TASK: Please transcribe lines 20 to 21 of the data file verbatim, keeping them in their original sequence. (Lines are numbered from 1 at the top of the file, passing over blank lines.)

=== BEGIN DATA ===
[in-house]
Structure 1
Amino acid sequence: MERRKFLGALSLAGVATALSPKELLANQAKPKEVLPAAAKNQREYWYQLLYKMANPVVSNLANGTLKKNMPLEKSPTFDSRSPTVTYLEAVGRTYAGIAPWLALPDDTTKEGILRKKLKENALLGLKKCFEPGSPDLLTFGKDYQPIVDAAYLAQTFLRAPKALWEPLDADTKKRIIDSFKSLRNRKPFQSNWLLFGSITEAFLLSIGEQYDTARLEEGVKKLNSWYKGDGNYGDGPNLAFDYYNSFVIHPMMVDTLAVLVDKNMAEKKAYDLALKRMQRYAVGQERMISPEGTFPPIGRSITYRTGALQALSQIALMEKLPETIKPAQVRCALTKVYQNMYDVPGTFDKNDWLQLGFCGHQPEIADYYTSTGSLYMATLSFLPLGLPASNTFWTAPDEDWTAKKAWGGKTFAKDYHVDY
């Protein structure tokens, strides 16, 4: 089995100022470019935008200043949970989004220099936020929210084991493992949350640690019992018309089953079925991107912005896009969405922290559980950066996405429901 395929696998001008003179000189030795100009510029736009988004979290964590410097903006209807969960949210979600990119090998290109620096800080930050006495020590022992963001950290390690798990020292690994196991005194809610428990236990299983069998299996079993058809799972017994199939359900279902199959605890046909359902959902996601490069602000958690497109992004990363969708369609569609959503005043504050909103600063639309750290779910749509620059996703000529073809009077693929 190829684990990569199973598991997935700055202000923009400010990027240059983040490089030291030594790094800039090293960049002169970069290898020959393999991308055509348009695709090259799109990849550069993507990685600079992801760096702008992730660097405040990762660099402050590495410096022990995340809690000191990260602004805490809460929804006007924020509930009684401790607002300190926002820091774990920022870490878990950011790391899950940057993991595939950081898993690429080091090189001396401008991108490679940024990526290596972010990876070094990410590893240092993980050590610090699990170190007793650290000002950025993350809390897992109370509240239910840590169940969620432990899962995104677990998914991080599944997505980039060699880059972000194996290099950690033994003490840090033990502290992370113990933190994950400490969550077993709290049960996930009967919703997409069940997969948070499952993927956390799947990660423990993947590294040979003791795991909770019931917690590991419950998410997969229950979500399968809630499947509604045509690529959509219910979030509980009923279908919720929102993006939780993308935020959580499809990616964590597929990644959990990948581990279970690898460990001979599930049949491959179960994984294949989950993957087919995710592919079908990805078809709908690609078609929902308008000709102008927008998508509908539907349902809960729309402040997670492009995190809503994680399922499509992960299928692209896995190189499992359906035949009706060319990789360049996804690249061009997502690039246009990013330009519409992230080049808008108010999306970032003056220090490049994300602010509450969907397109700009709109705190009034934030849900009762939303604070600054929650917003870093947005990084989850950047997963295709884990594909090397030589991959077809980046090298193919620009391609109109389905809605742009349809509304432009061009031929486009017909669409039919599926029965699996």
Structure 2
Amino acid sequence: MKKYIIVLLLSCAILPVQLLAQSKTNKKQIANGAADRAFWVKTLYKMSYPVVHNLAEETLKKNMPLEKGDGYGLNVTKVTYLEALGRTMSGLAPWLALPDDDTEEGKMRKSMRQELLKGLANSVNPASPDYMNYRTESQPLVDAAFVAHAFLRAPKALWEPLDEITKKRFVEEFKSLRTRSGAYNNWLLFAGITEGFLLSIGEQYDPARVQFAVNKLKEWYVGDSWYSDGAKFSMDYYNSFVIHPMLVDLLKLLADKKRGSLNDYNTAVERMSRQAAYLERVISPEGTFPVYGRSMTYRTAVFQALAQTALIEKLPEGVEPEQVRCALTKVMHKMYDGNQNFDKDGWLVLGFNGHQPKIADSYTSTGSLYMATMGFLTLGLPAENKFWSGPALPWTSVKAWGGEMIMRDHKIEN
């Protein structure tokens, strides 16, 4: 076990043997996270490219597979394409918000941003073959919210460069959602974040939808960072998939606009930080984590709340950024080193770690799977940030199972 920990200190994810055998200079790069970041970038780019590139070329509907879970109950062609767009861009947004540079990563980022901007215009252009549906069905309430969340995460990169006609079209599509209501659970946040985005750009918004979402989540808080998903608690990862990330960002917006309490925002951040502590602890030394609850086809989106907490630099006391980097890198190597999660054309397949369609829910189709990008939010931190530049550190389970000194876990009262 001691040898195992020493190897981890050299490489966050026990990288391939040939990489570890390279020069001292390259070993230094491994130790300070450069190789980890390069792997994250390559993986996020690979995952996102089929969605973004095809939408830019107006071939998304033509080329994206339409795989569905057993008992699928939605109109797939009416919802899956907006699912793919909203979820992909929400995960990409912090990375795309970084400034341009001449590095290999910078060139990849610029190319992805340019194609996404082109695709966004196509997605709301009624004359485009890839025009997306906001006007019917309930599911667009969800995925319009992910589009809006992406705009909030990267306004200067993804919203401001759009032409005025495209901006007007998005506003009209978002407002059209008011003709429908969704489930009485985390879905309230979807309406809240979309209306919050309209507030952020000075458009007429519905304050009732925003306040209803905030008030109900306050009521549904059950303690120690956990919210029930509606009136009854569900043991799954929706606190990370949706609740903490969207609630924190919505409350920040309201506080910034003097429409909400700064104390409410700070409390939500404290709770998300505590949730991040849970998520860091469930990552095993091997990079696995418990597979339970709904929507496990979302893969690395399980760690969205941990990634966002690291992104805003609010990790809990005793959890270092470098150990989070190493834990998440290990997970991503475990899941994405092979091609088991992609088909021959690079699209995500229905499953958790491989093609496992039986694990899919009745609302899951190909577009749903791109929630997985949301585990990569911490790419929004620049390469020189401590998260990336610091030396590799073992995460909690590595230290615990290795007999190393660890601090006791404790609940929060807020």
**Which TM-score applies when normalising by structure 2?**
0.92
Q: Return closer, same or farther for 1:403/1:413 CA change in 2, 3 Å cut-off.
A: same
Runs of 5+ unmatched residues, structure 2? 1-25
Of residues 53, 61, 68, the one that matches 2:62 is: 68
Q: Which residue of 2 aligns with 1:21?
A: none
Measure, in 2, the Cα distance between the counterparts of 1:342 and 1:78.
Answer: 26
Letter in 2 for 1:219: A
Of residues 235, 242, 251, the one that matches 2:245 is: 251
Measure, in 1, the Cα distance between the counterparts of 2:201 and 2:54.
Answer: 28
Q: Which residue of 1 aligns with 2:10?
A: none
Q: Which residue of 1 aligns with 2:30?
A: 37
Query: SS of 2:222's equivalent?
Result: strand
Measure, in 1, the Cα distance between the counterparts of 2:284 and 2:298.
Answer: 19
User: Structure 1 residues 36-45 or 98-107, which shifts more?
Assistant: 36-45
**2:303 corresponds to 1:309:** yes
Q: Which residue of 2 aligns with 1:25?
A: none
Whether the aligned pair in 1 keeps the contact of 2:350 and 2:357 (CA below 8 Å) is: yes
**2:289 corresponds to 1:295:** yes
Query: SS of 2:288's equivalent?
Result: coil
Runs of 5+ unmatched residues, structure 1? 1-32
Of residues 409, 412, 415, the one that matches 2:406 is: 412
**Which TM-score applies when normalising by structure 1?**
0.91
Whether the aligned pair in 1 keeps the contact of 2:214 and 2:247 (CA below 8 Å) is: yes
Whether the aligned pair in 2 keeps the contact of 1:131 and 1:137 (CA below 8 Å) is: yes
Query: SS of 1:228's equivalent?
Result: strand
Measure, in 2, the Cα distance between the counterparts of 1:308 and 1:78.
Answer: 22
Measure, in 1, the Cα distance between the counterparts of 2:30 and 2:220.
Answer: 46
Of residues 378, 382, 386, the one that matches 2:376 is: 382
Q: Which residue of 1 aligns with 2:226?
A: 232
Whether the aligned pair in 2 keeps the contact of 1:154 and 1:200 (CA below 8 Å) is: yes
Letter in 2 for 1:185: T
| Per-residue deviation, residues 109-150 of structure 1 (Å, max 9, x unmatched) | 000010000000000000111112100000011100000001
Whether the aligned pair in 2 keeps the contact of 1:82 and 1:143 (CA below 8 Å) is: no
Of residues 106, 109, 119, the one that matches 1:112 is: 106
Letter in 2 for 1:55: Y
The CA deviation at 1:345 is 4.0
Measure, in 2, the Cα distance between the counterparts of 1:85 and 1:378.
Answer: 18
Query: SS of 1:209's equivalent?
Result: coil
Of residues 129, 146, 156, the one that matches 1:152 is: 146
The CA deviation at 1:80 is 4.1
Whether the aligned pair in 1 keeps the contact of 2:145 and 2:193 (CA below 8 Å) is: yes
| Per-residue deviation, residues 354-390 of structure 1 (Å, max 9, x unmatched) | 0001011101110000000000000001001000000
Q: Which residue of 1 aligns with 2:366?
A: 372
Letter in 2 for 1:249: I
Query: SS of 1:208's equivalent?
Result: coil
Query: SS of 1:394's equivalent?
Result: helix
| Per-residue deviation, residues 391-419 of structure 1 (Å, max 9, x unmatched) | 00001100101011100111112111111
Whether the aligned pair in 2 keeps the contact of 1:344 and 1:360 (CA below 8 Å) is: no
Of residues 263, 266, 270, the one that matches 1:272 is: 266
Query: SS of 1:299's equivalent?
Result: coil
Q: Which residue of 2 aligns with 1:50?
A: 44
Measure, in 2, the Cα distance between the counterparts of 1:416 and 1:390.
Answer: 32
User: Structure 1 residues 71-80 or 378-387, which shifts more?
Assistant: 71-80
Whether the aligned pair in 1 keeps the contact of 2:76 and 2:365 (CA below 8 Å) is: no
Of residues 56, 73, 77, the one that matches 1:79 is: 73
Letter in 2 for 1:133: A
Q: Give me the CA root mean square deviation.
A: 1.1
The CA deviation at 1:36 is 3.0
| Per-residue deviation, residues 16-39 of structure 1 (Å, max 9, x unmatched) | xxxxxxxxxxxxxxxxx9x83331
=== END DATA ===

Measure, in 1, the Cα distance between the counterparts of 2:201 and 2:54.
Answer: 28